The method may include disposing advertising indicia (128) at one of the first (112) and second (114) ends to identify one of goods and services and disposing the fastener (116-118) at the other end of the strip (110) from the advertising indicia (126).

The method includes disposing a topographical outline (129) extending along the strip (110) parallel to the column of marker indicia (120) for indicating variances in elevation above sea level along the course. Added to this is the step of disposing relay transition indicators (130) aligned with predetermined ones of the marker indicia (120).

The method includes disposing a plurality of conversion indicia (136) in parallel relationship to the column of marker indicia (120) for converting the marker indicia (120) to the opposite of miles and kilometers.

As alluded to above, the method includes disposing advertising indicia (128) on the strip to identify one of goods and services, collecting monies for the advertising indicia from the beneficiary of the advertising. Attendant to the step of the step of forming the station indicia to portray a prominent landmark (127) along the course is the step of collecting monies from the proprietor of the landmark. Of course, the method includes paying the race promoters a portion of the monies collected. The method concludes by distributing the strip (110) to participants in the race at the beginning of the racecourse.

Obviously, many modifications and variations of the present invention are possible in light of the above teachings. The invention may be practiced otherwise than as specifically described within the scope of the appended claims, wherein that which is prior art is antecedent to the novelty set forth in the “characterized by” clause. The novelty is meant to be particularly and distinctly recited in the “characterized by” clause whereas the antecedent recitations merely set forth the old and well-known combination in which the invention resides. These antecedent recitations should be interpreted to cover any combination in which the incentive novelty exercises its utility. In addition, the reference numerals in the claims are merely for convenience and are not to be read in any way as limiting.

Claims (17)

What is claimed is:
1. A method of charting a race course comprising the steps of;
providing an elongated strip (110) having first (112) and second (114) ends,
positioning a fastener (116-118) on the strip (110) for interconnecting the first (112) and second (114) ends,
disposing a column of marker indicia (120) extending along the strip (110) between the ends thereof with each marker indicia (120) signifying a distance along a course,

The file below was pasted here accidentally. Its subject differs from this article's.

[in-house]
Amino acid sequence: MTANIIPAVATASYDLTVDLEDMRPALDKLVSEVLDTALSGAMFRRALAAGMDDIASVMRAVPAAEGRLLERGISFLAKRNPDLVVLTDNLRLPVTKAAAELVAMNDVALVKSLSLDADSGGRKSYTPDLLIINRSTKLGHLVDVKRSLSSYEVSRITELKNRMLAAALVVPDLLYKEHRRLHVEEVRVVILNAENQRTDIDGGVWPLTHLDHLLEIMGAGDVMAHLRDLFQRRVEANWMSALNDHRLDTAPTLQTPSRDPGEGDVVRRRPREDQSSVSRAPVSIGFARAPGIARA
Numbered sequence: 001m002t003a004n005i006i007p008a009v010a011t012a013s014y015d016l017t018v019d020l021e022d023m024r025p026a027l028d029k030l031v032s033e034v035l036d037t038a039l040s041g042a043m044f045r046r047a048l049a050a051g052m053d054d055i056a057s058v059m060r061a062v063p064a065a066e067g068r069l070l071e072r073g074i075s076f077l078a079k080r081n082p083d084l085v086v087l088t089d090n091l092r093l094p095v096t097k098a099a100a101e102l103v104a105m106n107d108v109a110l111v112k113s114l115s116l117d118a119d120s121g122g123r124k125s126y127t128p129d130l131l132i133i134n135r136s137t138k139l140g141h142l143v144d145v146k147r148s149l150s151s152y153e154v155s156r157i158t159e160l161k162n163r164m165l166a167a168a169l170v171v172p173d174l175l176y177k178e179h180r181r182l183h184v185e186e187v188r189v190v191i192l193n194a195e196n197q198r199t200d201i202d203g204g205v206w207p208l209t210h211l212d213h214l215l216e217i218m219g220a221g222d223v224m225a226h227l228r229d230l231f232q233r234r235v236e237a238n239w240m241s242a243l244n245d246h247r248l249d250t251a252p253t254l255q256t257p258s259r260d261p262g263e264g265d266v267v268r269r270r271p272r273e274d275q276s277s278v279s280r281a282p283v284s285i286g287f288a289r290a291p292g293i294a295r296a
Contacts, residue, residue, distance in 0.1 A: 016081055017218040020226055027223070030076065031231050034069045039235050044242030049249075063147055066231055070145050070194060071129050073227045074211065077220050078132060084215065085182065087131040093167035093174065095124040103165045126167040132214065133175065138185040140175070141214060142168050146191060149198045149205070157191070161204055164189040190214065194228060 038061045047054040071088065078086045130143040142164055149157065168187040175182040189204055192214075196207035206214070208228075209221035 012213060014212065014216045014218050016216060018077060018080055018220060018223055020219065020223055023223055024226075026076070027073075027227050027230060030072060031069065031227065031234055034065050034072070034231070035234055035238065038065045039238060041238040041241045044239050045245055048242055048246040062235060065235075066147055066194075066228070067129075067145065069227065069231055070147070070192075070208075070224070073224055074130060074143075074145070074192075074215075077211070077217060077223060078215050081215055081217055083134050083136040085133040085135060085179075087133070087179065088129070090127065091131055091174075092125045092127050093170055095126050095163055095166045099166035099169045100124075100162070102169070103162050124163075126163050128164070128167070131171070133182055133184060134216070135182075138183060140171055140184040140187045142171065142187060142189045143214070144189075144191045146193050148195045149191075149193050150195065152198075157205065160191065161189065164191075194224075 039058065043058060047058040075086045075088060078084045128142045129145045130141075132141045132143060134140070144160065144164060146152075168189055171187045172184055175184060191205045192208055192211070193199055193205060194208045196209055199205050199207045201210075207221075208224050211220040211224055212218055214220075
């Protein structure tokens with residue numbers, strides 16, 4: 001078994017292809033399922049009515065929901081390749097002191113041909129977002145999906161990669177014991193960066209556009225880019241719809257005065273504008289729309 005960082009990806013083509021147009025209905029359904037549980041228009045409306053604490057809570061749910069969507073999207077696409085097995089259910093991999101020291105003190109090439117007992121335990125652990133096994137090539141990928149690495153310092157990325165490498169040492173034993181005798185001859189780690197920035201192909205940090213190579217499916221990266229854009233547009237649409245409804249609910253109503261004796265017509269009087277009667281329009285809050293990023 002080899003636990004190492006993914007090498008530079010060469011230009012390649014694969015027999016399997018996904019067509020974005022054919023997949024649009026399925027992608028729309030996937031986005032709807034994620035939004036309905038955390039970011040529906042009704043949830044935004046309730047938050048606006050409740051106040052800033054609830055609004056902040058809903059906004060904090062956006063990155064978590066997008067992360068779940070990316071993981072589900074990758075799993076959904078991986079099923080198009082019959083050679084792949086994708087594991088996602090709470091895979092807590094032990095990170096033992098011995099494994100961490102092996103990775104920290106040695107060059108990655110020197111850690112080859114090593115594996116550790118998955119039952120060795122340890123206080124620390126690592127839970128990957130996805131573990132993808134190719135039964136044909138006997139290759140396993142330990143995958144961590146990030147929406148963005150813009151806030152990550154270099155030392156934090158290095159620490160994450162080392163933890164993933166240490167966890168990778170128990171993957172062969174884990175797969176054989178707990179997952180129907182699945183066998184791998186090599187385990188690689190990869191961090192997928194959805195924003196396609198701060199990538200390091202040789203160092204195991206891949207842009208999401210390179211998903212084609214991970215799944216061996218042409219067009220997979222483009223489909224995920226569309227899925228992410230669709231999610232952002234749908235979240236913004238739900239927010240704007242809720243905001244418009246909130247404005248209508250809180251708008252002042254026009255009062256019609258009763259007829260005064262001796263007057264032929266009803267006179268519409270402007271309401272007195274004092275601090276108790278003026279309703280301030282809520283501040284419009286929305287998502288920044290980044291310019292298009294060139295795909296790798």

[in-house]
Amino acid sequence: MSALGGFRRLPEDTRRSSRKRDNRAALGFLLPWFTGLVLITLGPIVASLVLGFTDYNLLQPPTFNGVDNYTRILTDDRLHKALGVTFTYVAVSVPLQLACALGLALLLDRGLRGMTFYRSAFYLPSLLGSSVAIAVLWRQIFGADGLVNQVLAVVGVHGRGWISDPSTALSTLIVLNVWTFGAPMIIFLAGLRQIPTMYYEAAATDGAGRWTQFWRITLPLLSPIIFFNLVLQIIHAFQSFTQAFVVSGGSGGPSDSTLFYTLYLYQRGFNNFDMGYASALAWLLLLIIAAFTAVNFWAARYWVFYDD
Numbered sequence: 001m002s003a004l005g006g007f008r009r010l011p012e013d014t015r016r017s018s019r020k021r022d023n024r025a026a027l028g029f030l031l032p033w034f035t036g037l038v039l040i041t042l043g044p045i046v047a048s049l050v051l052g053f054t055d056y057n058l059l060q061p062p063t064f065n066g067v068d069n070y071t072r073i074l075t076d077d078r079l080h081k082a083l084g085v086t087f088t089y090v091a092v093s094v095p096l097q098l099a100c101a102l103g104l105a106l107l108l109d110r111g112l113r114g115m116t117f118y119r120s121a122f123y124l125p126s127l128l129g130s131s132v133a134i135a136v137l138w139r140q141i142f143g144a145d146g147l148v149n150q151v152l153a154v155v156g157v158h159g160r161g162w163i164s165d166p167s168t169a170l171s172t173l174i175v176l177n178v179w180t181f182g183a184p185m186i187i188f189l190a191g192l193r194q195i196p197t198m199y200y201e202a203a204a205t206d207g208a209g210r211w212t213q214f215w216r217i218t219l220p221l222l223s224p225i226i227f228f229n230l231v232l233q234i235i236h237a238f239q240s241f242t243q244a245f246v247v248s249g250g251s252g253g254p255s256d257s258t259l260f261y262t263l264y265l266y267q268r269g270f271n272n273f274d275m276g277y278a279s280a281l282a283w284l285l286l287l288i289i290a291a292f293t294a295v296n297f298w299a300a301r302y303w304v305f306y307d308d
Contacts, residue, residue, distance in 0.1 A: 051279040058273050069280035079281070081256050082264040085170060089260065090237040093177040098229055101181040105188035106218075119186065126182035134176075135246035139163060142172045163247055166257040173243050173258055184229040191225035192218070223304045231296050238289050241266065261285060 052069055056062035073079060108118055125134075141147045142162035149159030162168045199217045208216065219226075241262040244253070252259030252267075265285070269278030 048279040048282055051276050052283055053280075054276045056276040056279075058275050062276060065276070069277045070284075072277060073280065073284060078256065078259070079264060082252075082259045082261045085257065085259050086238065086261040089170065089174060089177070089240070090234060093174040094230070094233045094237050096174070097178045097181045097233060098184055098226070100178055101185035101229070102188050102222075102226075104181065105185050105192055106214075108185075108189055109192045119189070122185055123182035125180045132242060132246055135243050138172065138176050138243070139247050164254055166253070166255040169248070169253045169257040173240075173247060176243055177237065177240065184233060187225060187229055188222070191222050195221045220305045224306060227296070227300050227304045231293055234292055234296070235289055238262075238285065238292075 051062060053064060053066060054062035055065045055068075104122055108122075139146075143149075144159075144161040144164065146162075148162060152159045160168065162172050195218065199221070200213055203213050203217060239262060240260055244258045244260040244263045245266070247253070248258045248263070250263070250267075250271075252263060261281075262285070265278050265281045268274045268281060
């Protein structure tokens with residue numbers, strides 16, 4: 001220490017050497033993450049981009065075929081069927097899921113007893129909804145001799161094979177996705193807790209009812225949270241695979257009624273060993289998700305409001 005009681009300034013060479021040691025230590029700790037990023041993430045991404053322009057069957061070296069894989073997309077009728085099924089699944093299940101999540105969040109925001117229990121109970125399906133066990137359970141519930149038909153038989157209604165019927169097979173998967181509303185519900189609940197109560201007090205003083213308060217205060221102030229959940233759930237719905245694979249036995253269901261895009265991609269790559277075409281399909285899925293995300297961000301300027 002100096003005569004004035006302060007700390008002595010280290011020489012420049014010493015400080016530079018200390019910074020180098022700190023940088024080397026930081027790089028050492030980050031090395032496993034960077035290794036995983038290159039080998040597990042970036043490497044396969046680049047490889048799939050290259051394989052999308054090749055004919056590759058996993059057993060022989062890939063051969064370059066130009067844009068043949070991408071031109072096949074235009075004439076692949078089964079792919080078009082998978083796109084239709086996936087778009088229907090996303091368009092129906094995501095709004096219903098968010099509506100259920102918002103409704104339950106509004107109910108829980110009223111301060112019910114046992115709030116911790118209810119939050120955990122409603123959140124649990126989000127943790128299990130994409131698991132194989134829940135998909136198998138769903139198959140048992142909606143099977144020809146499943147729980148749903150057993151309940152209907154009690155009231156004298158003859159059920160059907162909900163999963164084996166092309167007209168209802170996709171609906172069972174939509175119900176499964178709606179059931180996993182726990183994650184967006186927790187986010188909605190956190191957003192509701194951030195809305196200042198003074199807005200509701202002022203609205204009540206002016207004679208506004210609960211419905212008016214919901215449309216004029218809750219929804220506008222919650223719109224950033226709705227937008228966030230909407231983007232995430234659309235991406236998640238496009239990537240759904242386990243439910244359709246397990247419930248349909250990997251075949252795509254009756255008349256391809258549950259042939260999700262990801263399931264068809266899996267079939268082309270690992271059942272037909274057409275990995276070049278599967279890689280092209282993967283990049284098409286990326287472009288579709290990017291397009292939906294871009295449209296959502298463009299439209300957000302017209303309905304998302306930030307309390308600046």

the method characterized by aligning station indicia across the strip (110) with at least one of the marker indicia (120) for indicating the location of a support station along the course and disposing a topographical outline (129) extending along the strip (110) parallel to the column of marker indicia (120) for indicating variances in elevation above sea level along the course.
2. A method as set forth in claim 1 including the step of forming the station indicia (122) to portray the availability of first aid.
3. A method as set forth in claim 1 including the step of forming the station indicia (124, 125) to portray the availability of nutrients.
4. A method as set forth in claim 1 including the step of forming the station indicia (126) to portray the availability of a toilet.
5. A method as set forth in claim 4 including disposing advertising indicia (128) at one of the first (112) and second (114) ends to identify one of goods and services.
6. A method as set forth in claim 5 including disposing the fastener (116-118) at the other end of the strip (110) from the advertising indicia (126).
7. A method as set forth in claim 1 including the step of forming the station indicia (127) to portray a prominent landmark along the course.
8. A method as set forth in claim 1 including the step of forming the station indicia (122) to portray the availability of first aid, forming the station indicia (124, 125) to portray the availability of nutrients, forming the station indicia (126) to portray the availability of a toilet, and forming the station indicia (127) to portray a prominent landmark along the course.
9. A method as set forth in claim 1 including a disposing relay transition indicators (130) aligned with predetermined ones of the marker indicia (120).
10. A method as set forth in claim 1 including disposing a plurality of conversion indicia (136) in parallel relationship to the column of marker indicia (120) for converting the marker indicia (120) to the opposite of miles and kilometers.
11. A method as set forth in claim 1 including distributing the strip (110) to participants in the race at the beginning of the racecourse.
12. A method as set forth in claim 1 including disposing advertising indicia (128) on the strip to identify one of goods and services, collecting monies for the advertising indicia from the beneficiary of the advertising.
13. A method as set forth in claim 12 including disposing advertising indicia (128) at one of the first (112) and second (114) ends to identify a source of one of goods and services.
14. A method as set forth in claim 12, paying the race promoters a portion of the monies collected.
15. A method as set forth in claim 1 including the step of forming the station indicia to portray a prominent landmark (127) along the course, collecting monies from the proprietor of the landmark.
16. A method as set forth in claim 1 including the step of forming the station indicia to portray a prominent landmark (127) along the course, collecting monies from the proprietor of the landmark.
17. A method of charting a race course comprising the steps of: